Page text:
This review page is supported in part by the sponsors whose ad banners are displayed below

Srajan Ebaen
Financial Interests: click here
Source: 1TB iMac running OSX 10.6.7 with PureMusic 1.8 in hybrid memory play with pre-allocated RAM and AIFF files up to 24/192 plus defeatable Spatial custom profile running inside PureMusic, iTunes 10.2.2, Esoteric UX1/APL NWO-M, Burson Audio HA160D as DAC, Antelope Audio Zodiac Gold/Voltikus, Metrum Acoustics Octave NOS Mini DAC [on review]
Preamp/Integrated: Esoteric C-03, ModWright LS100, Bent Audio Tap X
Amplifier: FirstWatt F5
Speakers: Mark+Daniel Fantasia S
Cables: Complete loom of Zu Audio Event, Entreq USB and Firewire cables
Stands: 2 x ASI HeartSong 3-tier, 2 x ASI HeartSong amp stand
Powerline conditioning: 1 x GigaWatt PF2, 1 x Furutech RTP-6
Sundry accessories: Extensive use of Acoustic System Resonators, noise filters and phase inverters
Room size: 5m x 11.5m W x D, 2.6m ceiling with exposed wooden cross beams every 60cm, plaster over brick walls, suspended wood floor with Tatami-type throw rugs. The listening space opens into the second storey via a staircase and the kitchen/dining room are behind the main listening chair. The latter is thus positioned in the middle of this open floor plan without the usual nearby back wall.
Review component retail: €3.850 as reviewed

On his Aries-Cerat web pages, Stavros Danos introduces his Kassandra valve converter with transformer I/V conversion thus: "Today's audio industry is overrun by digital processors. In a race to finding the best there's a new DAC seemingly each week. That's also a race about figures, of oversampling at radio frequencies and 140dB of dynamic range. Yet many audiophiles change DACs as soon as the next one arrives. They never find one that just sounds right... Delta-Sigma converters are the standard today. That's not because they represent superior quality. It's because of availability and initial ease of digital filter implementation. The latter became more complex due to the artifacts of delta-sigma modulation. Because of their higher price, R/2R converters are only available in instrumentation converters. They are used for supreme settling times and absence of glitch artifacts. We chose the AD1865*, an 18-bit R/2R that's probably the best sounding to date especially in the AD1865N-K version we use. We run 24 of them, 12 per channel in a dual-differential layout..."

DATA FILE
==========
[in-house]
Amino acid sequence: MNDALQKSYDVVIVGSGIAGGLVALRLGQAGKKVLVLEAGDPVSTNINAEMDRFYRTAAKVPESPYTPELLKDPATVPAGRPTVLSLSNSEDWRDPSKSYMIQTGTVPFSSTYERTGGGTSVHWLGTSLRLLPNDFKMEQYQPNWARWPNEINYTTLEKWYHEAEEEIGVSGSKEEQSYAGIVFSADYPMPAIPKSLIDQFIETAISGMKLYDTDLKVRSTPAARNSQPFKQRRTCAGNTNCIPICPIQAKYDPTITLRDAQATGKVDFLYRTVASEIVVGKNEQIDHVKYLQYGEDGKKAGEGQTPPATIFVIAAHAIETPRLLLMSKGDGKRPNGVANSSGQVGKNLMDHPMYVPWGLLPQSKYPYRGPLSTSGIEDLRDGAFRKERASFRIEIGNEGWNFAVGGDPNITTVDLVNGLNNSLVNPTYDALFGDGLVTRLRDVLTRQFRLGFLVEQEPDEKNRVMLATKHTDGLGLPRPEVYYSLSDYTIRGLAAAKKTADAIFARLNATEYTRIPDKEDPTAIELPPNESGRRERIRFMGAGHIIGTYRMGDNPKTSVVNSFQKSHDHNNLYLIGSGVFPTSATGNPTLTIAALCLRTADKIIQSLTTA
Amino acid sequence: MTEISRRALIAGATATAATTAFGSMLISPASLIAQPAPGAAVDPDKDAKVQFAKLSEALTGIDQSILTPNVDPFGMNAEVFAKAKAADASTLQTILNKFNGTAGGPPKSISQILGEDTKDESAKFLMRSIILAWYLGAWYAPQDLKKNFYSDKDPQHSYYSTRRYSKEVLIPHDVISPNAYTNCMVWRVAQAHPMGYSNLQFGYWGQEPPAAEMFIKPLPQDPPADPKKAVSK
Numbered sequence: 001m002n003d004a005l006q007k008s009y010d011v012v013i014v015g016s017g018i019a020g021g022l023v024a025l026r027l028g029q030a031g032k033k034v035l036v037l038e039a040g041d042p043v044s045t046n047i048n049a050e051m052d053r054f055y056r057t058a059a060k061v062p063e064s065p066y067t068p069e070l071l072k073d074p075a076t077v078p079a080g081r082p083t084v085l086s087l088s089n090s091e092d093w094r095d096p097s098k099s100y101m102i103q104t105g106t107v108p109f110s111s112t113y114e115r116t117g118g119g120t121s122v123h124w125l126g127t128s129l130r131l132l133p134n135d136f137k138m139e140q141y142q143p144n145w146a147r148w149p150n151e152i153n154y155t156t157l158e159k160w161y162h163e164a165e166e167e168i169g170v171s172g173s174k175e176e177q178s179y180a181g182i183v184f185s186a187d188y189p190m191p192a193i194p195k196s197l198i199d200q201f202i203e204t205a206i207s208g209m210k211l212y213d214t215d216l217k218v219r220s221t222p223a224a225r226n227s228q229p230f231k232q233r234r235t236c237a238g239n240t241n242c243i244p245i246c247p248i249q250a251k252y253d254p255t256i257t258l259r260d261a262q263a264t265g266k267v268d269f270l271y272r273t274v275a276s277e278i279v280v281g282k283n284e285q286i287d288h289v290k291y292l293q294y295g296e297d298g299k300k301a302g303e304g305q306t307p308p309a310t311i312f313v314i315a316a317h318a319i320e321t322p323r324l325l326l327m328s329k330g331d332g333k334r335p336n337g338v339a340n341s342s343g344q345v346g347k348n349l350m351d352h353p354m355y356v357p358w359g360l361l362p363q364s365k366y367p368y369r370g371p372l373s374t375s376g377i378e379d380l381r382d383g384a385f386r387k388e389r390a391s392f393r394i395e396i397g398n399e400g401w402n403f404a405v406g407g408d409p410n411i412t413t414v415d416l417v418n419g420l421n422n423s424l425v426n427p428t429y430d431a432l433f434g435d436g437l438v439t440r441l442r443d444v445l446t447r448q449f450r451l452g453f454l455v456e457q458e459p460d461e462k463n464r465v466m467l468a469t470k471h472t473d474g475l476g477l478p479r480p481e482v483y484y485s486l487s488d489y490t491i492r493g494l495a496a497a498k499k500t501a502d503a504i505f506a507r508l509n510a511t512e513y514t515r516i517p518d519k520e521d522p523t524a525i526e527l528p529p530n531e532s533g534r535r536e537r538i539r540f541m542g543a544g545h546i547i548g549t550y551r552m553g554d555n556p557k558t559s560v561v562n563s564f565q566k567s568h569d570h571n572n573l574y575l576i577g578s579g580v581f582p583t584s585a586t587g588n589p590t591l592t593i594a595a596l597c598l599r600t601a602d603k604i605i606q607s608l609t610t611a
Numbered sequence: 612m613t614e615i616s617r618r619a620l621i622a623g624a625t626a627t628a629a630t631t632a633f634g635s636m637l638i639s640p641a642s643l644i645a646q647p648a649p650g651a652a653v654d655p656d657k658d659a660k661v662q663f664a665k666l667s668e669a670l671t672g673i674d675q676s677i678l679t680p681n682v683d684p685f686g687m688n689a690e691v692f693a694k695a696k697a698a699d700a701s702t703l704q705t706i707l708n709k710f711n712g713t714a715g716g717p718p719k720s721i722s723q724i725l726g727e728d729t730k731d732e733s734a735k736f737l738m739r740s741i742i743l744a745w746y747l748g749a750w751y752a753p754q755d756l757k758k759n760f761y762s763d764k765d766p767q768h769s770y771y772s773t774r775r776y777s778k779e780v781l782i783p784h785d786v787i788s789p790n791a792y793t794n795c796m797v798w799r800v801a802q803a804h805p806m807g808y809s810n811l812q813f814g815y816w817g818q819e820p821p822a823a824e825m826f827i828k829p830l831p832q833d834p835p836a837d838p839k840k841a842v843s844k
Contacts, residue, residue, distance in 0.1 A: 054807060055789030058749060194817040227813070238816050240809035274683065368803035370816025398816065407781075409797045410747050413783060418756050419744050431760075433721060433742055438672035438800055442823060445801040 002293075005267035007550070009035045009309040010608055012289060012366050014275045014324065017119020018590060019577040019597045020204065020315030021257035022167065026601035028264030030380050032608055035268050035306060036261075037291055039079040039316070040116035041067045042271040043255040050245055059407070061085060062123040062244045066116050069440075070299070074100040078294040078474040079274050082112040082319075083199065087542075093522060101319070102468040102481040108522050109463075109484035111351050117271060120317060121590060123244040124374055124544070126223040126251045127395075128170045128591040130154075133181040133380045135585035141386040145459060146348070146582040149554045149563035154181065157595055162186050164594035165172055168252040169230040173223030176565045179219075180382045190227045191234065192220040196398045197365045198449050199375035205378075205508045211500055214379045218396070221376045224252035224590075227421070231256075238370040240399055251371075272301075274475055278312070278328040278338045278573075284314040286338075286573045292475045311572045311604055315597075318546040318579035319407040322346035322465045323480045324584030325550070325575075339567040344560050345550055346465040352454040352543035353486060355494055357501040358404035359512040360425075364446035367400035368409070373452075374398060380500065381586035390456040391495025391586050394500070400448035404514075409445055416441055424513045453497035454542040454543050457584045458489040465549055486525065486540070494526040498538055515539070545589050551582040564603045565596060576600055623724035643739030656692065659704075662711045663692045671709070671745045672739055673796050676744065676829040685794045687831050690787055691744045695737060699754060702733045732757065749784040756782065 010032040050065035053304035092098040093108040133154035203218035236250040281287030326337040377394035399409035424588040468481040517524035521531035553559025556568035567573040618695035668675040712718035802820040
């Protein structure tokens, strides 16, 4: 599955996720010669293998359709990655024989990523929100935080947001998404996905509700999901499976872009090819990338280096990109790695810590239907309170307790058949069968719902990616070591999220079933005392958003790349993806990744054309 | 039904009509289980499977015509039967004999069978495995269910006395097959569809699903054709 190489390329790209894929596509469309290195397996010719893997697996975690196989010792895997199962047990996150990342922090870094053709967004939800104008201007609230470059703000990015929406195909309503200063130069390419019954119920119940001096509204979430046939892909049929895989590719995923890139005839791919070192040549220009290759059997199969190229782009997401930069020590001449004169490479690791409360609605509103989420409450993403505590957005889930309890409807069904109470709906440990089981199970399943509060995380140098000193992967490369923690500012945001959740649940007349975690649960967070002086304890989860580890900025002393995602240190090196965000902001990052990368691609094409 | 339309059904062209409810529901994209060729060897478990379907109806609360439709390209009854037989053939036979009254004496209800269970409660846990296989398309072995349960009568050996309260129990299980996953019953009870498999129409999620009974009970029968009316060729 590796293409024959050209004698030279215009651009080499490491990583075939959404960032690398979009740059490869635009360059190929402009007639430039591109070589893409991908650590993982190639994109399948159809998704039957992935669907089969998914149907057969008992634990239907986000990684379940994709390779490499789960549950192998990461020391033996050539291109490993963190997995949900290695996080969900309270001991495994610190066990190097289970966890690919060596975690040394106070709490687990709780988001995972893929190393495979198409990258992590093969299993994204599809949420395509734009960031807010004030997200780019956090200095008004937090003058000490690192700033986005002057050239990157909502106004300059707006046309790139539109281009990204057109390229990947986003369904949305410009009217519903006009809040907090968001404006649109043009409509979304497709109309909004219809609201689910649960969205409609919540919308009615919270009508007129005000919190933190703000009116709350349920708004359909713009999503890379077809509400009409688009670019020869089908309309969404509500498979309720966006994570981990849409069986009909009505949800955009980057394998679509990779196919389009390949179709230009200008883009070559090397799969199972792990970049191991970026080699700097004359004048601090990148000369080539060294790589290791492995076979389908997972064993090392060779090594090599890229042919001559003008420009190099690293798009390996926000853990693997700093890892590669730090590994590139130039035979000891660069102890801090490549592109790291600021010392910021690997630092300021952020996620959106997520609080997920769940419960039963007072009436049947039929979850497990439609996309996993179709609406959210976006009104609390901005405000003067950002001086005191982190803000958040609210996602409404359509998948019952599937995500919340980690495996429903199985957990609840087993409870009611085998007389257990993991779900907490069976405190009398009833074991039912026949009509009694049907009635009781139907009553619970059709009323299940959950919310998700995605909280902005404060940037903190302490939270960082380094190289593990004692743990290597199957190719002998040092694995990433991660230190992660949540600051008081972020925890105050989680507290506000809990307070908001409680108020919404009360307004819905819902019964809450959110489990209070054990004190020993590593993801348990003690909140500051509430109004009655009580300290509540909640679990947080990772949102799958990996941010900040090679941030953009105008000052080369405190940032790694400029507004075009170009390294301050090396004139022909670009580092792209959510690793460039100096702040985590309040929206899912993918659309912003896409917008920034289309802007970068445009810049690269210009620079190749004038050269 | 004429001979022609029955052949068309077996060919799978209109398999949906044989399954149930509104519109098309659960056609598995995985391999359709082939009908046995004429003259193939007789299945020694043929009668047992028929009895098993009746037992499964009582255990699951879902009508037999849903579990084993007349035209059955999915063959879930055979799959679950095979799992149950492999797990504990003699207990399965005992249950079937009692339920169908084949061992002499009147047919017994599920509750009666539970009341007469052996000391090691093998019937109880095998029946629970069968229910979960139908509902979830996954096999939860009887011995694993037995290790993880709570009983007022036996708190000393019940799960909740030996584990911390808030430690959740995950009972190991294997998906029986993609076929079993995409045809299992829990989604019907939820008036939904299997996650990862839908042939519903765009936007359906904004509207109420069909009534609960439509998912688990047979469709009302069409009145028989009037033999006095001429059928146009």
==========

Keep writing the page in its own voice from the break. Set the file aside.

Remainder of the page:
* The monolithic AD1865 chip includes CMOS logic elements, bipolar and MOS linear elements and laser-trimmed thin-film resistor elements. The DACs on the AD1865 chip employ a partially segmented architecture.

The first four MSBs of each DAC are segmented into 15 elements. The 14 LSBs are produced using standard R-2R techniques. Segment and R-2R resistors are laser trimmed to provide extremely low total harmonic distortion. This architecture minimizes errors at major code transitions resulting in low output glitch and eliminating the need for an external deglitcher.

This Cypriot isn't the only one who prefers R/2R to Delta-Sigma conversion. MSB Tech does too. As does Vincent Brien, a French DIYer who's gone semi commercial. Joël Chevassus already introduced him and his fully discrete resistor-network TotalDAC in our prior feature review. My contribution today is a simple second opinion. Having heard a multi-box MSB DAC by comparison and owning Yamamoto's YDA-01, Joël ended up acquiring his TotalDAC review sample. I thus knew going in that the bare cosmetics and ultra-spartan feature set of just one input and output were deceptive.

As regards digital specmanship, I don't wear those spec(tacle)s. Converters from Burson and Yamamoto might seem half blind but perform more than competitively in their respective price classes. There's plainly a lot more to all this than proprietary 64-bit jitter management and exclusive 32-bit/384kHz USB compatibility. But it does little for bragging rights. A TotalDacist's only comeback to queries on how many super chips his machine parallels is, "I ain't got even one." Sniff.